Tag Archives: algebra


I realised yesterday that, although I had moved the web pages of books I had written to my St Andrews website when I came here, I had neither updated them nor put links to them. I have done the easier … Continue reading

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Combinatorics at the EMS

Combinatorics is flourishing, at least in the lists of the European Mathematical Society publishing house. A few years ago, I mentioned the new journal Combinatorics, Physics and their Interactions, aka Annales de l’Institut Henri Poincaré D. Now they have announced … Continue reading

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An LTCC book

The Taught Course Centres for PhD students in the Mathematical Sciences were set up as the result of a recommendation of the last-but-one International Review of Mathematics. The review panel said that the highly specialised nature of British PhDs meant … Continue reading

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Last week I was at an EPSRC “Pure mathematics engagement workshop” discussing updating the research council’s landscapes. I felt it was a good and productive meeting. In the past, there have been tensions between researchers and funders, some of which … Continue reading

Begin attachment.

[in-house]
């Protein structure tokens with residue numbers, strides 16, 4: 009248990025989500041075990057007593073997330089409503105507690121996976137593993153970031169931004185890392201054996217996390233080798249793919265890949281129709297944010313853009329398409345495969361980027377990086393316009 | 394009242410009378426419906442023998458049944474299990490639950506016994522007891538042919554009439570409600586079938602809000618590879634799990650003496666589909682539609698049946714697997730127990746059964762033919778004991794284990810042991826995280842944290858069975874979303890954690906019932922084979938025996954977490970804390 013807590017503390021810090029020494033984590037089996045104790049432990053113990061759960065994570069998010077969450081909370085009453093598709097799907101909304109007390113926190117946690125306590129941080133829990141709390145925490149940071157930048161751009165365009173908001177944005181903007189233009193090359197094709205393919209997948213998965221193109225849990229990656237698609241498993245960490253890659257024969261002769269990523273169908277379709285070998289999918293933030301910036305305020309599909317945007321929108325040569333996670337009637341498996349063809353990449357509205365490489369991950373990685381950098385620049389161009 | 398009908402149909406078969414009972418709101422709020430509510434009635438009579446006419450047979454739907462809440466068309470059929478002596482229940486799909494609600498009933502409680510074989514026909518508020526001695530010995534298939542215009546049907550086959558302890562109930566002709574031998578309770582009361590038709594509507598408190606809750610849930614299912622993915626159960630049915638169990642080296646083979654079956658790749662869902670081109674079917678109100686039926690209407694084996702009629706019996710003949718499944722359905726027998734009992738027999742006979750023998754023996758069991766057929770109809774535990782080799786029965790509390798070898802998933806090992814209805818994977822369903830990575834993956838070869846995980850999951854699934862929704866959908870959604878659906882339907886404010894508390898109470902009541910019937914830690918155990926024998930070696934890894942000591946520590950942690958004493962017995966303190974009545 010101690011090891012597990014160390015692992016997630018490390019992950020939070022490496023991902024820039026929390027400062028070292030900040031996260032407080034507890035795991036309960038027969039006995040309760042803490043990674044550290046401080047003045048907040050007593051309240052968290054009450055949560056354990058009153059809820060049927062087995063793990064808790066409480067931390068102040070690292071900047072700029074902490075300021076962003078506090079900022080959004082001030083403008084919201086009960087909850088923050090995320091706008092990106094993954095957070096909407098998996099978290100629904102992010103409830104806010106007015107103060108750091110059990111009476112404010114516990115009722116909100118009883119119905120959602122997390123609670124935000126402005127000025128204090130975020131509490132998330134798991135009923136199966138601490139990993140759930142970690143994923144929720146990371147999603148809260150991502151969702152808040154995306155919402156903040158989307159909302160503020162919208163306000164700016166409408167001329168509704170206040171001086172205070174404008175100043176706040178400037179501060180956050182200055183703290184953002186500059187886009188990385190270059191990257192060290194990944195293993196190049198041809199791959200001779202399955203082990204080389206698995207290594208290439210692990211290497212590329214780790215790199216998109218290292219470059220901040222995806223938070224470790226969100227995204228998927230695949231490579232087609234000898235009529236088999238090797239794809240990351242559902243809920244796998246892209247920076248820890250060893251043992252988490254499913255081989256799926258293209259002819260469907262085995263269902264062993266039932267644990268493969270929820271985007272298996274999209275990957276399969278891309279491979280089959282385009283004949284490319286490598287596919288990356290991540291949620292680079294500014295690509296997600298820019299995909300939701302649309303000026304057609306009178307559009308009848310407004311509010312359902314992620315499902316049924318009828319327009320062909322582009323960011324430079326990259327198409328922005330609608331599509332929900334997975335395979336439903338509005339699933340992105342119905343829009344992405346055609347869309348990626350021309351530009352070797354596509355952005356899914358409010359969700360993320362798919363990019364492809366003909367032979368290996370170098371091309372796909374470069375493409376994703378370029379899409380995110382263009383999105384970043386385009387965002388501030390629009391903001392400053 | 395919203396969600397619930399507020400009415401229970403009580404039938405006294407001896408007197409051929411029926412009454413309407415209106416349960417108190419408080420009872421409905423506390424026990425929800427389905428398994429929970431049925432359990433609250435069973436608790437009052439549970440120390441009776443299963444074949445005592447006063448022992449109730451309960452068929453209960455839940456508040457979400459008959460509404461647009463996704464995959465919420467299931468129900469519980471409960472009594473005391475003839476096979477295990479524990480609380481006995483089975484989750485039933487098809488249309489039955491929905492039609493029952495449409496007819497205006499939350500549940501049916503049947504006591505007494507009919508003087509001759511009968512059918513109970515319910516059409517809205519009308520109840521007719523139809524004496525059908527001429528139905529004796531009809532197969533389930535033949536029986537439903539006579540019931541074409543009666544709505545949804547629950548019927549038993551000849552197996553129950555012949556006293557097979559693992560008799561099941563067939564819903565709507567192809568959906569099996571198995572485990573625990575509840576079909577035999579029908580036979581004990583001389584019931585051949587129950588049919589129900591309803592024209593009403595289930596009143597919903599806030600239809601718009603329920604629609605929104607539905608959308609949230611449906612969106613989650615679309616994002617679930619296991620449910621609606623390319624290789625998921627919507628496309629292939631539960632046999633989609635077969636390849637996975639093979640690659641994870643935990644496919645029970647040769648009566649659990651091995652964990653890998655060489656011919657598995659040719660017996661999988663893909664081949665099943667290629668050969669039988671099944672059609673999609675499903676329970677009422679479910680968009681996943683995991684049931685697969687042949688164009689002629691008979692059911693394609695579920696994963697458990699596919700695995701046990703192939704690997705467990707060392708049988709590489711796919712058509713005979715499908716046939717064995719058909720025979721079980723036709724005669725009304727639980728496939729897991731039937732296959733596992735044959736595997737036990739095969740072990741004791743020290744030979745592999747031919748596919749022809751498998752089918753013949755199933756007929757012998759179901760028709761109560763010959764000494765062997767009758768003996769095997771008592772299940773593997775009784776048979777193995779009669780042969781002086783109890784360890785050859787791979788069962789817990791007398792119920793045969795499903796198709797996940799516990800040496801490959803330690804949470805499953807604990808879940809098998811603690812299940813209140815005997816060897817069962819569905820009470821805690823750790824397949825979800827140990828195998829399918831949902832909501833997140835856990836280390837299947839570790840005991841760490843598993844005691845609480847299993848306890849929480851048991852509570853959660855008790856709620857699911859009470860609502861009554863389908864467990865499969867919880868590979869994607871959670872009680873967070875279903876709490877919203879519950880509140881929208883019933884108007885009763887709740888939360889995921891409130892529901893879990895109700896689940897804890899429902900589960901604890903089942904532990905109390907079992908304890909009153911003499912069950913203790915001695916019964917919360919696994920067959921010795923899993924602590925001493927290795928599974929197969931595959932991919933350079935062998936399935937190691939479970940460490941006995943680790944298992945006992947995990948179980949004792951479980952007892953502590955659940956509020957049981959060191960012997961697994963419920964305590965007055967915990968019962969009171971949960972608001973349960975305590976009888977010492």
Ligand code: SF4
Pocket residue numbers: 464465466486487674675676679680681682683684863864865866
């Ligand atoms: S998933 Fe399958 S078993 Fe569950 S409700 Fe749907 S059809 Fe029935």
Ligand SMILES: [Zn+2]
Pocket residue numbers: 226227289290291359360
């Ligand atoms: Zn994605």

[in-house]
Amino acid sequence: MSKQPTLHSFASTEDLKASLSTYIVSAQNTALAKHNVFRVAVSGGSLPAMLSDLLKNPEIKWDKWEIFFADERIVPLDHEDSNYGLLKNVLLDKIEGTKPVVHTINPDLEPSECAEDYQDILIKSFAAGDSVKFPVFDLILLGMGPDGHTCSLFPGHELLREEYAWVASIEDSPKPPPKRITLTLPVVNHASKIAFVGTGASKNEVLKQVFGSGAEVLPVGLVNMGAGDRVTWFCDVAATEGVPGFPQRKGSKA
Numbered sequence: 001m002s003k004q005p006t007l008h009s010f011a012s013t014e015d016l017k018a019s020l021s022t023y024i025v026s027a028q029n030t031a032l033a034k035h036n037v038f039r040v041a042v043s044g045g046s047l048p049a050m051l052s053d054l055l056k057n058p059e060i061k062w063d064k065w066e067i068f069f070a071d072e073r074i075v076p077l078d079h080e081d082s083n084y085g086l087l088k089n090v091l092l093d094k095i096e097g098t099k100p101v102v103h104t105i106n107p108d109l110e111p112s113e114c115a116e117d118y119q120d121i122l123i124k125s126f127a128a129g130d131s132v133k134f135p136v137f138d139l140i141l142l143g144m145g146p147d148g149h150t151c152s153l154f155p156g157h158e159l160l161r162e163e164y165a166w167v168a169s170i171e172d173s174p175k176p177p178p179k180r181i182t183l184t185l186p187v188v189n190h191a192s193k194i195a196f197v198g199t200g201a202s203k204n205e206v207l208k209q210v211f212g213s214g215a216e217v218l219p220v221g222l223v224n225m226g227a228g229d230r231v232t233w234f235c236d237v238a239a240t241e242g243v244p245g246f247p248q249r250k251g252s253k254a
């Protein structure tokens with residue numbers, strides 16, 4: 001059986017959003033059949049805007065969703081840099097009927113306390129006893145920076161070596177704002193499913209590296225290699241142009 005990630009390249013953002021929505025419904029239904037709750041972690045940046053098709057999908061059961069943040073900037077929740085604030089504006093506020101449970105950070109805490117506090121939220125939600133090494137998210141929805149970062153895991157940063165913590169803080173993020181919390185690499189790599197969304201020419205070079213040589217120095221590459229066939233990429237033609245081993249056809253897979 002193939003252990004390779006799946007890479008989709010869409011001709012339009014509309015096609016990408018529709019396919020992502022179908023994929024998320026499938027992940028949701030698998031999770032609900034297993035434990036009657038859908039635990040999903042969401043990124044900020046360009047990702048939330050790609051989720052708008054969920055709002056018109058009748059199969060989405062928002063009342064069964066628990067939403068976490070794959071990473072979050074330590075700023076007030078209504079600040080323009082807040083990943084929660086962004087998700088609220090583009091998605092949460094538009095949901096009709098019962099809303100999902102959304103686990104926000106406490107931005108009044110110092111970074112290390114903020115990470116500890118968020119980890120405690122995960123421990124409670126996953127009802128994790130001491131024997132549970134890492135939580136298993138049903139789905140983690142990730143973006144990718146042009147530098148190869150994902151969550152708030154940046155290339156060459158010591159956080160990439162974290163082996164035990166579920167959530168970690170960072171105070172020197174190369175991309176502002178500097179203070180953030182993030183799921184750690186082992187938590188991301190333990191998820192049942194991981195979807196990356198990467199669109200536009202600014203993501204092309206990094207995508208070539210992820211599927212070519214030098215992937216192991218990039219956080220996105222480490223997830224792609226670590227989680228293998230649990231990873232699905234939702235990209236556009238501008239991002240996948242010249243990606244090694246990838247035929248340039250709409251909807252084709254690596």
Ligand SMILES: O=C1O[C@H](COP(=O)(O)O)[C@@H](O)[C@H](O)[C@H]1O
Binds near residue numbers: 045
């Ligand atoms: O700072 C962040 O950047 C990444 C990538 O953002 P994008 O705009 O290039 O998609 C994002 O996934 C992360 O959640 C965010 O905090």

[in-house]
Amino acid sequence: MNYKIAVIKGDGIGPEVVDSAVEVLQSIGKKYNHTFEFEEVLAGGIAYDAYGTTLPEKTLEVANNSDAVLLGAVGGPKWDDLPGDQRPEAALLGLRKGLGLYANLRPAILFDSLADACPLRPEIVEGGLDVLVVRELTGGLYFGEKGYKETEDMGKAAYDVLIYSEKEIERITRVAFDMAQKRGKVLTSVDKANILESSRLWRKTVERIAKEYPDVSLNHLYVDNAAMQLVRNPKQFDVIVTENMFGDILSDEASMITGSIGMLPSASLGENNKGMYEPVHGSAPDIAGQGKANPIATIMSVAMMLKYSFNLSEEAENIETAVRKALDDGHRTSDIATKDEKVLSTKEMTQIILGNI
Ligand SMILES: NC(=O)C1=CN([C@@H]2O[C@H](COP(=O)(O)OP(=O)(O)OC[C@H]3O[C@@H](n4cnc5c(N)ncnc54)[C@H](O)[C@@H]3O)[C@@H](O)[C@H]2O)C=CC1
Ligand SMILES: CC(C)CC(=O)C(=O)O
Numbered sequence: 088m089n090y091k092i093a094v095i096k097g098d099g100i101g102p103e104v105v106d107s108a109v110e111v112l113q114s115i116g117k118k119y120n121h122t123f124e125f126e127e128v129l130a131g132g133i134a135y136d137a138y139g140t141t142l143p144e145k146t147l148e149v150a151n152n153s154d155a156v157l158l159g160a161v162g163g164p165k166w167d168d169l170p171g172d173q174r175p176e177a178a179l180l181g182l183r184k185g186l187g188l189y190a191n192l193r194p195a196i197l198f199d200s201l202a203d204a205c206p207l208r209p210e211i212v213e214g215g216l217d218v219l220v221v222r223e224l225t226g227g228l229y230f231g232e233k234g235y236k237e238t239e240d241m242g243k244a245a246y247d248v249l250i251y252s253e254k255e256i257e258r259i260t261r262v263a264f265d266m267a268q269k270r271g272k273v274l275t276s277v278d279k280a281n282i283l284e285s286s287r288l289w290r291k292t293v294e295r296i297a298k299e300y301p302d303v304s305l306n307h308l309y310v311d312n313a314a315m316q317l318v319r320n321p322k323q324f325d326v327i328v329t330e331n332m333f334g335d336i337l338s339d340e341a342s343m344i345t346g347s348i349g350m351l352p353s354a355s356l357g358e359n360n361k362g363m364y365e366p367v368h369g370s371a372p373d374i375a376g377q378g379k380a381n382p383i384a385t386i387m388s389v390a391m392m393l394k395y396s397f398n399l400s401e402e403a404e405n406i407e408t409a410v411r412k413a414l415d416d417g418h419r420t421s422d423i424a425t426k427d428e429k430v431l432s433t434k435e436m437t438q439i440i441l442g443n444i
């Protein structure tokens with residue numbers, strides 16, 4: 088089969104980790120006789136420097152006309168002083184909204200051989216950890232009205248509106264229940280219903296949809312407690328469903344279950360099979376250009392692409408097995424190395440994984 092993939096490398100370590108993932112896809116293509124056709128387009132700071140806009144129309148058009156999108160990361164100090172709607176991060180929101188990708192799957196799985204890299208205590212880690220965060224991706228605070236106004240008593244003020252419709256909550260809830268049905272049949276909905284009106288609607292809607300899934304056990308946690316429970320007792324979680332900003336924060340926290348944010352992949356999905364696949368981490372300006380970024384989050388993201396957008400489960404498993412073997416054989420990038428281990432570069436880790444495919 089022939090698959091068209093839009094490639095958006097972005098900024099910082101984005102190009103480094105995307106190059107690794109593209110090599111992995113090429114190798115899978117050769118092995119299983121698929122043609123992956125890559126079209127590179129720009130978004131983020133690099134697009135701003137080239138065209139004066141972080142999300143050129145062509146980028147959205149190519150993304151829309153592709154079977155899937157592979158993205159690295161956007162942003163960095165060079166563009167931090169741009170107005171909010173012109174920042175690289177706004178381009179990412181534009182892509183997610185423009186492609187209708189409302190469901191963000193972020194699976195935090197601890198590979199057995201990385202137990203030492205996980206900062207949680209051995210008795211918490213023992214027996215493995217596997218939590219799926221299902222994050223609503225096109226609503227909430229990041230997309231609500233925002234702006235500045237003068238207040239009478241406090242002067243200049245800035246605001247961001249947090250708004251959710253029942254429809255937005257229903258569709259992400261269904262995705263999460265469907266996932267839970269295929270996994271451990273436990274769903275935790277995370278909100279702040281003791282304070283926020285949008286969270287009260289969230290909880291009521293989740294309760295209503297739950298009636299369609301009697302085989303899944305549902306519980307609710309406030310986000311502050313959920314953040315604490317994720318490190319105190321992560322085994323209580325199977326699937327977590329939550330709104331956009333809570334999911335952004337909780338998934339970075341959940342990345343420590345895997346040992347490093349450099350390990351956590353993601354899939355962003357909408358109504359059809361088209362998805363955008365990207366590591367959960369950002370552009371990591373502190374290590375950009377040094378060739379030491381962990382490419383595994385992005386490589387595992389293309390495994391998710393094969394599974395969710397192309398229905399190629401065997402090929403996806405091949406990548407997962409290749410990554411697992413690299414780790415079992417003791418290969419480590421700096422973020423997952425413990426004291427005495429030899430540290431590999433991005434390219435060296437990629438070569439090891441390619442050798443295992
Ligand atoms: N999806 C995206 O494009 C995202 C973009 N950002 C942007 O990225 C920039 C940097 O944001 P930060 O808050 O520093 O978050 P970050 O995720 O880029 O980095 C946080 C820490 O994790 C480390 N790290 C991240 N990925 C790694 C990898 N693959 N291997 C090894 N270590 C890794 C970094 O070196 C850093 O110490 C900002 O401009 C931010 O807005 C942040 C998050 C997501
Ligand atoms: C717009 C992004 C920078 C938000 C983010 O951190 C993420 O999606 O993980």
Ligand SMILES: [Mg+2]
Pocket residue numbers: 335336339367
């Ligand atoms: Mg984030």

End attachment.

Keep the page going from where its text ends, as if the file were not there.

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Algebra comes home?

My book Introduction to Algebra has been translated into two languages from the birthplace of algebra. If it encourages a reawakening of algebra there, I shall be honoured and pleased. The first algebra book (treating solving of equations by an … Continue reading

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Pedro Nunes

Pedro Nunes was a Portuguese mathematician of the sixteenth century, perhaps the greatest mathematician of his time in Europe. Yesterday I was treated to a very informative short presentation about Nunes and his work by the historian of science Henrique … Continue reading

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Primitive lambda-roots

Nearly ten years ago, Donald Preece and I wrote the first draft of a set of notes on primitive lambda-roots. We could never decide what do do with them: they were too short for a monograph, too long (and expository) … Continue reading

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London Algebra Colloquium, 3

Today a new blog goes public: the London Algebra Colloquium records now live on WordPress. These records were kept by Karl Gruenberg for many years; he passed them on to me, and I put them on the web, on one … Continue reading

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Cardano’s lists

Many mathematicians have heard of Girolamo Cardano (sometimes called Jerome Cardan). His book Ars Magna (The Great Art), published in 1545, presents the first advances in algebra made in Europe since classical times, in particular the solution of a general … Continue reading

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Conferences in July

It would be the 100th birthday of Paul Erdős, if he were still with us. The Rényi Institute of the Hungarian Academy of Sciences are marking the ocasion with an Erdős Centennial conference in the first week of July. In … Continue reading

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